You can set the measurement mode to scan the entire frame or just a part / All Ears Blog
Exposure Mode is a bit like autofocus – it defines what part of the image you want to expose in an optimal way. If your S3 is causing you problems with the exposure (always on or under-expos) the cause could be l and you can change it. Like most digital devices, the S3 has three measurement modes: matrix, central-weight or point. Matrix measurement, in addition to being cool to mention in the evening, allows the camera to give importance to the whole frame: it will value the light from all sources and will try to expose the photo to the best of its possibilities. This is ideal for beginners as it handles complex lighting arrangements. The central lay exposure will prioritize the area in the center of the frame and take a little bit of both ends of the light giving you a balanced result even if the focus is on the central area. Spot exposure will focus on rendering information of a very small area that you can choose.
Once again, it is quite explicit, the white balance is simply the way in which to learn to the smartphone "to see" a pure white according to the luminosity. Obviously for our eyes it is easier to see an object always white whether you are in the sun or in the noi or inside. But a device needs your help to re-balance and make natural colors (based on white). If you still have pictures that are too pink, too orange or dyed, now you know why. Fortunately, smartphones are delivered with a large number of pre-set white scales (for indoor, outdoor etc.) if the automatic mode is not enough. Test them in different environments to start having the reflex to change them in the future.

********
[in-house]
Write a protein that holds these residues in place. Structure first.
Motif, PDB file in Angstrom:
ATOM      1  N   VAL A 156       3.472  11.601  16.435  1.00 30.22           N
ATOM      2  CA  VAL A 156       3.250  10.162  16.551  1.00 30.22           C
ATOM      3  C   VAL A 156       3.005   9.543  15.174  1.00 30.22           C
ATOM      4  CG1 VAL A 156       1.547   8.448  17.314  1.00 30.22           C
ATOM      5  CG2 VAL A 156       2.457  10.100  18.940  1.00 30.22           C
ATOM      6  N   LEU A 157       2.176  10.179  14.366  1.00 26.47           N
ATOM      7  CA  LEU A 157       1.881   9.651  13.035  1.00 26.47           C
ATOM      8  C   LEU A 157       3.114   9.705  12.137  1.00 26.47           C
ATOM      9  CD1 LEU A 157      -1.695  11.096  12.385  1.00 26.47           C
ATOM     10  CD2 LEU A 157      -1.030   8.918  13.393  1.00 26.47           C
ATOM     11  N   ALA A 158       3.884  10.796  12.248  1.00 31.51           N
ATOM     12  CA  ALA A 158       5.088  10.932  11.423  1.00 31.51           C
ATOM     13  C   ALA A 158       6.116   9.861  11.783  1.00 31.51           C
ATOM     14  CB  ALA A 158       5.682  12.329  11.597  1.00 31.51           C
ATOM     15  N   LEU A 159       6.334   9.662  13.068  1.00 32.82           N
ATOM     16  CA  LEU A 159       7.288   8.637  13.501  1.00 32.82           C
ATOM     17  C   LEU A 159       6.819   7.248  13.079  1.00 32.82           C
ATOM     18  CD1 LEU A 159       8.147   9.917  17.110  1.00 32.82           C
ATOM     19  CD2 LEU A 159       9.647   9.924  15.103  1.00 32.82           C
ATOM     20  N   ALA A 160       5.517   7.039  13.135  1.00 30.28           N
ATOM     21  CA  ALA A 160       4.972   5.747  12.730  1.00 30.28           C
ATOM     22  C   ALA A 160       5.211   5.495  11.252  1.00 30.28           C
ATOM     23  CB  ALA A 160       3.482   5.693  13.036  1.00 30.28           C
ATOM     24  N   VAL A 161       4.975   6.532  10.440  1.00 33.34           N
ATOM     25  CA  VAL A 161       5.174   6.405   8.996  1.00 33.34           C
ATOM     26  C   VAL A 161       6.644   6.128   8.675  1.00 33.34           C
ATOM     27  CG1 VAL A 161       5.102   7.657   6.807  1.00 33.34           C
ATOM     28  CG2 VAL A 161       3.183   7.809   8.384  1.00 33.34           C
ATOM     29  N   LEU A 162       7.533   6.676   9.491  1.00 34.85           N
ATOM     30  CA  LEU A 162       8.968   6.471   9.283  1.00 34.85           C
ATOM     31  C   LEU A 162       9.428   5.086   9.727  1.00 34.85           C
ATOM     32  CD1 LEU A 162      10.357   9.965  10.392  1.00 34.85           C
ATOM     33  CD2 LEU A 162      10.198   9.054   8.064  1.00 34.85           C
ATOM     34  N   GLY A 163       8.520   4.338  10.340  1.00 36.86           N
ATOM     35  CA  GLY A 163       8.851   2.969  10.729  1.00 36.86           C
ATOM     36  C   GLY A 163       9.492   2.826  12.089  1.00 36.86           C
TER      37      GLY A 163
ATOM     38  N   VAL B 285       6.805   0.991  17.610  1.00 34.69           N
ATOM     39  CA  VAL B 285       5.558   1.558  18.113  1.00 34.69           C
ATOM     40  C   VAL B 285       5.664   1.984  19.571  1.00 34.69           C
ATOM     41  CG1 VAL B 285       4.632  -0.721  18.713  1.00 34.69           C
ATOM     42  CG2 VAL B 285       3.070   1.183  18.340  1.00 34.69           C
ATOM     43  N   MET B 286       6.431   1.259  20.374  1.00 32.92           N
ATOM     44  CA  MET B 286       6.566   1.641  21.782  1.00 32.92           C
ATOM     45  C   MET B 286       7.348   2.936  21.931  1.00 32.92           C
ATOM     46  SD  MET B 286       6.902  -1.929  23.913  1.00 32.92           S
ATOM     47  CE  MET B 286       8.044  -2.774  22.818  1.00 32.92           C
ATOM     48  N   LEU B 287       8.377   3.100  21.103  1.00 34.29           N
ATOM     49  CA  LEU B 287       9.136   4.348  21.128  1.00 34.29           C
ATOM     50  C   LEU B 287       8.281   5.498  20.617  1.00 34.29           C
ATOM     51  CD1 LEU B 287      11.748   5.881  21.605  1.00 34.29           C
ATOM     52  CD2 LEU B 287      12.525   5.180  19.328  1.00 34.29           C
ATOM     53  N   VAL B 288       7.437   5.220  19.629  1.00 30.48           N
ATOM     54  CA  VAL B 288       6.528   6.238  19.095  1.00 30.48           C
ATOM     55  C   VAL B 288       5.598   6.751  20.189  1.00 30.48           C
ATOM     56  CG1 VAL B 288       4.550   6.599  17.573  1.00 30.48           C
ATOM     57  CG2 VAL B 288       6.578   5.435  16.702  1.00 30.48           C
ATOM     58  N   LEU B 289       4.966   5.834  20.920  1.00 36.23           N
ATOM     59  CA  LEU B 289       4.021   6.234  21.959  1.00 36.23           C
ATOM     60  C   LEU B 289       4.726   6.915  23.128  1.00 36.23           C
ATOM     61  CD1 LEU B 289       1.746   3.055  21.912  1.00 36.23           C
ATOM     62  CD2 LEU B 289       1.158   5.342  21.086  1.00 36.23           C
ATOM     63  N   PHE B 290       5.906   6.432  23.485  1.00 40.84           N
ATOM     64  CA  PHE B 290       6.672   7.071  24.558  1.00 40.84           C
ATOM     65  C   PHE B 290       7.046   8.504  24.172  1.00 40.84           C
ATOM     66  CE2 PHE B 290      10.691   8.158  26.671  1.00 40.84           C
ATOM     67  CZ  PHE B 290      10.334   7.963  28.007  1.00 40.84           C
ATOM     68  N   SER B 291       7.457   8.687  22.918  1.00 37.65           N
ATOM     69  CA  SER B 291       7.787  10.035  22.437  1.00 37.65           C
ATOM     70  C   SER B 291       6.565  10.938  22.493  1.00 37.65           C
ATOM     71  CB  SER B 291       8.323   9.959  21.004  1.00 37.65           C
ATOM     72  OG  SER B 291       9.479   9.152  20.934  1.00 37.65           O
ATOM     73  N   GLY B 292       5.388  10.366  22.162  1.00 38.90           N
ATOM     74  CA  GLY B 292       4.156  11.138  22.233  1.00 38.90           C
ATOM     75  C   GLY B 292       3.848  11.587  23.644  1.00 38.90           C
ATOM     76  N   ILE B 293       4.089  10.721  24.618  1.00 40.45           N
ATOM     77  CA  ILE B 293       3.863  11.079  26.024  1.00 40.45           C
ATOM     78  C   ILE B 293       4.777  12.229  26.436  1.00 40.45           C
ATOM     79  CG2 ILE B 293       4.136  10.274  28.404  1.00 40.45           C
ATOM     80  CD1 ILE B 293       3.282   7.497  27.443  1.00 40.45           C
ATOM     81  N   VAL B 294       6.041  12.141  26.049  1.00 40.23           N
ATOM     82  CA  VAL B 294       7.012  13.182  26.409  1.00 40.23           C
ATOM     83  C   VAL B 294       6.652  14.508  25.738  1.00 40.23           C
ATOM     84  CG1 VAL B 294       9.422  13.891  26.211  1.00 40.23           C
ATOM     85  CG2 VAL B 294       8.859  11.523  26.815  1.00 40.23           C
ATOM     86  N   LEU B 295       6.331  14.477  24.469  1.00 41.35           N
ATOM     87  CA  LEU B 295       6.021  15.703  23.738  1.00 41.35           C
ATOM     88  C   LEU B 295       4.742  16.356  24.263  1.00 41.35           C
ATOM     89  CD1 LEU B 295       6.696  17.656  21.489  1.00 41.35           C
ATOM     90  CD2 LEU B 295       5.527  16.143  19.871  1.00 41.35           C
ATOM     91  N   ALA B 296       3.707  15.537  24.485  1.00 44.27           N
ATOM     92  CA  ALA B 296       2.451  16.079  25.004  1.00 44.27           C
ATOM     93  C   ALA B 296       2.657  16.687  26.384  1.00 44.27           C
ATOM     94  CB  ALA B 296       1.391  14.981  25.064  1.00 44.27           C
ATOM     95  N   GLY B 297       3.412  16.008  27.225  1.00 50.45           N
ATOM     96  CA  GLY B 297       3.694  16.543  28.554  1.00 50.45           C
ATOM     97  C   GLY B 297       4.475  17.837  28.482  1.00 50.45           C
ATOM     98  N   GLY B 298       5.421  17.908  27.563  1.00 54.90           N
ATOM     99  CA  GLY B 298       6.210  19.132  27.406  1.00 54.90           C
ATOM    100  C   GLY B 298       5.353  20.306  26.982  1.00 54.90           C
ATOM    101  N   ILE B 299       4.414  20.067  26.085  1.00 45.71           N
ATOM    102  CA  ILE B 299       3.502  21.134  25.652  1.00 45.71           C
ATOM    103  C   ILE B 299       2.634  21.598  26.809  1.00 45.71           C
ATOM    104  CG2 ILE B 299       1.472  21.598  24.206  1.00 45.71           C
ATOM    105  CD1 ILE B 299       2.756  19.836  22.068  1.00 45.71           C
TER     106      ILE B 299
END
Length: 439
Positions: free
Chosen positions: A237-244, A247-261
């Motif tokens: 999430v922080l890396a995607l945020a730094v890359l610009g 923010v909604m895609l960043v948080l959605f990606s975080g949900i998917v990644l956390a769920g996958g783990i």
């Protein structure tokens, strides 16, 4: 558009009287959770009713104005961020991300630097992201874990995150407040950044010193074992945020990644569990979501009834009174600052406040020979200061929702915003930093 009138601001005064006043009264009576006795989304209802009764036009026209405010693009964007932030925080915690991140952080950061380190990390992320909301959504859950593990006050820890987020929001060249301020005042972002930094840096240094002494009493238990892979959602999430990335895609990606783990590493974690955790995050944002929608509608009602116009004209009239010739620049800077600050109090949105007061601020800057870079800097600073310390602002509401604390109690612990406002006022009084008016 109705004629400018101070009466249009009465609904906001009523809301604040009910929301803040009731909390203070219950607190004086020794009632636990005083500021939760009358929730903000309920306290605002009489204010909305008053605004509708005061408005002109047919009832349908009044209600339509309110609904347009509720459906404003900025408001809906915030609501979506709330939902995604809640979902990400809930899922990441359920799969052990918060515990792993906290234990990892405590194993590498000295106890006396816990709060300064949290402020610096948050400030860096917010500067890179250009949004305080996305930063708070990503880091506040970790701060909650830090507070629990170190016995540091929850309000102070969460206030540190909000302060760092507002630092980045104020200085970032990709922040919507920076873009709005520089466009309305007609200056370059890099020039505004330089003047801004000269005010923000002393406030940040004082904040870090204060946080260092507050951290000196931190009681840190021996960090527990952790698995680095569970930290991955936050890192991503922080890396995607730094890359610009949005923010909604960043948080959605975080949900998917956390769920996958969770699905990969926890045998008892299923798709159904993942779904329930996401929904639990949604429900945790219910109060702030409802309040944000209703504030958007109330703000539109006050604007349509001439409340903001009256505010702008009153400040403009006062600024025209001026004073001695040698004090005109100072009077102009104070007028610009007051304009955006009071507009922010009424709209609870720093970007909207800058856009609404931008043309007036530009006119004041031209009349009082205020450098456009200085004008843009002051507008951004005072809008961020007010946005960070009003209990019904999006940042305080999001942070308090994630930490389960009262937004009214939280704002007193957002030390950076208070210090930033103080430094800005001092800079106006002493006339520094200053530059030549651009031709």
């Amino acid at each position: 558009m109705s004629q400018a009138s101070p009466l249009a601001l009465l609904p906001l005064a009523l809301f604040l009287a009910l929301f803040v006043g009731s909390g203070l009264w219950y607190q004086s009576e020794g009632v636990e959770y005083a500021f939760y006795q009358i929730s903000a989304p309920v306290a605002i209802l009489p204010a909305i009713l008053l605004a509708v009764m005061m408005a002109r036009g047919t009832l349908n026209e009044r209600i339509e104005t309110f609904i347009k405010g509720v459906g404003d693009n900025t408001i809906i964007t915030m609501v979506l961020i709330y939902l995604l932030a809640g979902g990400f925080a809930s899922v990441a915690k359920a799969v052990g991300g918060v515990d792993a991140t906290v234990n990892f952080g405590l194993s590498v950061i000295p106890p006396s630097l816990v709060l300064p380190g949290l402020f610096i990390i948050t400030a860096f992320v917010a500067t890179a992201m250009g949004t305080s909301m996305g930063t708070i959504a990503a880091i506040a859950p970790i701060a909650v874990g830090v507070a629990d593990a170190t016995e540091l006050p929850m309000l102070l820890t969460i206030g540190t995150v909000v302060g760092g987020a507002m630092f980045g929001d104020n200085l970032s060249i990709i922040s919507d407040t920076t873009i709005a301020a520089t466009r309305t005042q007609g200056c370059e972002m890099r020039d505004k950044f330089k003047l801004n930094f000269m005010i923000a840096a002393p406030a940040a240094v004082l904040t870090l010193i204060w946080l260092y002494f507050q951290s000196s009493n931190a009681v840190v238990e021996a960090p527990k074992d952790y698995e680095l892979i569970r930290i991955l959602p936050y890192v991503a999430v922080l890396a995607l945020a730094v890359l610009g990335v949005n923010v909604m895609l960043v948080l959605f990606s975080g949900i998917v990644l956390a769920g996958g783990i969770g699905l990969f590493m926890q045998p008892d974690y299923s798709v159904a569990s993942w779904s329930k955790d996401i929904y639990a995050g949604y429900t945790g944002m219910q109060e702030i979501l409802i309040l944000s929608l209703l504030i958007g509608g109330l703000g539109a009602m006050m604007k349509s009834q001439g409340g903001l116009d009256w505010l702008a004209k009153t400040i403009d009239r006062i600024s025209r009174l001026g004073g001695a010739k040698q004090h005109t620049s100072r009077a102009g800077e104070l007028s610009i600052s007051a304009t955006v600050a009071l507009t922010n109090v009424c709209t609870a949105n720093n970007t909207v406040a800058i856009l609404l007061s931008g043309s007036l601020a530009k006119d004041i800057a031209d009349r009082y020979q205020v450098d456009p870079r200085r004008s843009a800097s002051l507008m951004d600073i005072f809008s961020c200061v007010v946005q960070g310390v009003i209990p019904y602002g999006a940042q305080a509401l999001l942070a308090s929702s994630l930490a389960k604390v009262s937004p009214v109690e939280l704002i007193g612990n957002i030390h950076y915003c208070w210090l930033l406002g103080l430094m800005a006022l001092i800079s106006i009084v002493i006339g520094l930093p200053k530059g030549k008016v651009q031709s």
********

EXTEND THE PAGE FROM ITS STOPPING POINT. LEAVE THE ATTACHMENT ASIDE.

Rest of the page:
Choose the preset white balance mode that suits you according to the environment / AndroidPIT
Consulting and inter-relations
So what does all this mean? If I have not lost you so far, all you need to know are two things: first, almost all of these options work in relation to each other, so once you've made these relationships everything is fine. Daylight: low ISO / shutter speed high. Night: High ISO / slow shutter speed.
Second: do not be afraid! Instead of spending hours on the Internet trying to learn more about your device, scroll through your camera options and try all of them to see what the differences are. There are also a large number of applications available with other pre-defined shooting modes that allow you to create your own "modes" according to the settings you use often.
Underexposure: not enough light. Over-exposure: too much light. / Exposure Guide